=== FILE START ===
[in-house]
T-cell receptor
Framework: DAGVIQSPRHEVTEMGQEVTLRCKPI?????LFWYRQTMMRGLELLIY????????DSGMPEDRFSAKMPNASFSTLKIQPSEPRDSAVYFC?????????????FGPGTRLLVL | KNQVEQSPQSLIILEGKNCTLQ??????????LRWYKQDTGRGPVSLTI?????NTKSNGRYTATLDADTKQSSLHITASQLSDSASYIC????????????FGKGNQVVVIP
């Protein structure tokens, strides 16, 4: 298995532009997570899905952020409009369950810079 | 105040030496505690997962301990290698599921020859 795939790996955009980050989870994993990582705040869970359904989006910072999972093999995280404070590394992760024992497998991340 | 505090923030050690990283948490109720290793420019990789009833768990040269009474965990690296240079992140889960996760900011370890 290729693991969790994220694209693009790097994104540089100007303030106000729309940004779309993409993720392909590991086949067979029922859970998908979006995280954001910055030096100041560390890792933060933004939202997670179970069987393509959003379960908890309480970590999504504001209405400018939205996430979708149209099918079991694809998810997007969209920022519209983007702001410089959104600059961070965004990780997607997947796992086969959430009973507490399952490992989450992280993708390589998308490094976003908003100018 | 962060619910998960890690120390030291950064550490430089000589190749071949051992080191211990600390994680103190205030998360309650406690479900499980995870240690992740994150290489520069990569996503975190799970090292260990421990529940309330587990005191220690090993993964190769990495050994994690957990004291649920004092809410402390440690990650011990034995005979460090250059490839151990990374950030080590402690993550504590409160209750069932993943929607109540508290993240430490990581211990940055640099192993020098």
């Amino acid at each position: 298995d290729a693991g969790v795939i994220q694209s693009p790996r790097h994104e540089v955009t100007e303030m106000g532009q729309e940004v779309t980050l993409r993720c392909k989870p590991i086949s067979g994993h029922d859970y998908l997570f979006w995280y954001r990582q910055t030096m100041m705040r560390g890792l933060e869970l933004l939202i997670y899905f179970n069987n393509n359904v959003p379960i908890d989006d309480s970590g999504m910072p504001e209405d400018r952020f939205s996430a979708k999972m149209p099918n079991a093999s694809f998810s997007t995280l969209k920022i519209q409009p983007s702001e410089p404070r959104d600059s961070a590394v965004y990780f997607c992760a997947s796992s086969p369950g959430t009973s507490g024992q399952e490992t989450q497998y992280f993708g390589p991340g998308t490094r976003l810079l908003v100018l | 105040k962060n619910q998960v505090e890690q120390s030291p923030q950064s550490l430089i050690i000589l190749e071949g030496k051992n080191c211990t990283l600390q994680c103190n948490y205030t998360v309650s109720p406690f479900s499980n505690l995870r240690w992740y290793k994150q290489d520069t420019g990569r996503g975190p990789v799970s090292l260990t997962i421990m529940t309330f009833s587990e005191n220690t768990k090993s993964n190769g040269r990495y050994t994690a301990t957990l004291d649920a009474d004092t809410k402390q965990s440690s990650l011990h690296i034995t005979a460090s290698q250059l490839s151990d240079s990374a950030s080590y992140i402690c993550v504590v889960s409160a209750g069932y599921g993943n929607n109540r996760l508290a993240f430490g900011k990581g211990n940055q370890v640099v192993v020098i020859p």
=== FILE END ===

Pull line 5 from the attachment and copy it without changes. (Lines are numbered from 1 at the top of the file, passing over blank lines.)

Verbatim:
């Amino acid at each position: 298995d290729a693991g969790v795939i994220q694209s693009p790996r790097h994104e540089v955009t100007e303030m106000g532009q729309e940004v779309t980050l993409r993720c392909k989870p590991i086949s067979g994993h029922d859970y998908l997570f979006w995280y954001r990582q910055t030096m100041m705040r560390g890792l933060e869970l933004l939202i997670y899905f179970n069987n393509n359904v959003p379960i908890d989006d309480s970590g999504m910072p504001e209405d400018r952020f939205s996430a979708k999972m149209p099918n079991a093999s694809f998810s997007t995280l969209k920022i519209q409009p983007s702001e410089p404070r959104d600059s961070a590394v965004y990780f997607c992760a997947s796992s086969p369950g959430t009973s507490g024992q399952e490992t989450q497998y992280f993708g390589p991340g998308t490094r976003l810079l908003v100018l | 105040k962060n619910q998960v505090e890690q120390s030291p923030q950064s550490l430089i050690i000589l190749e071949g030496k051992n080191c211990t990283l600390q994680c103190n948490y205030t998360v309650s109720p406690f479900s499980n505690l995870r240690w992740y290793k994150q290489d520069t420019g990569r996503g975190p990789v799970s090292l260990t997962i421990m529940t309330f009833s587990e005191n220690t768990k090993s993964n190769g040269r990495y050994t994690a301990t957990l004291d649920a009474d004092t809410k402390q965990s440690s990650l011990h690296i034995t005979a460090s290698q250059l490839s151990d240079s990374a950030s080590y992140i402690c993550v504590v889960s409160a209750g069932y599921g993943n929607n109540r996760l508290a993240f430490g900011k990581g211990n940055q370890v640099v192993v020098i020859p």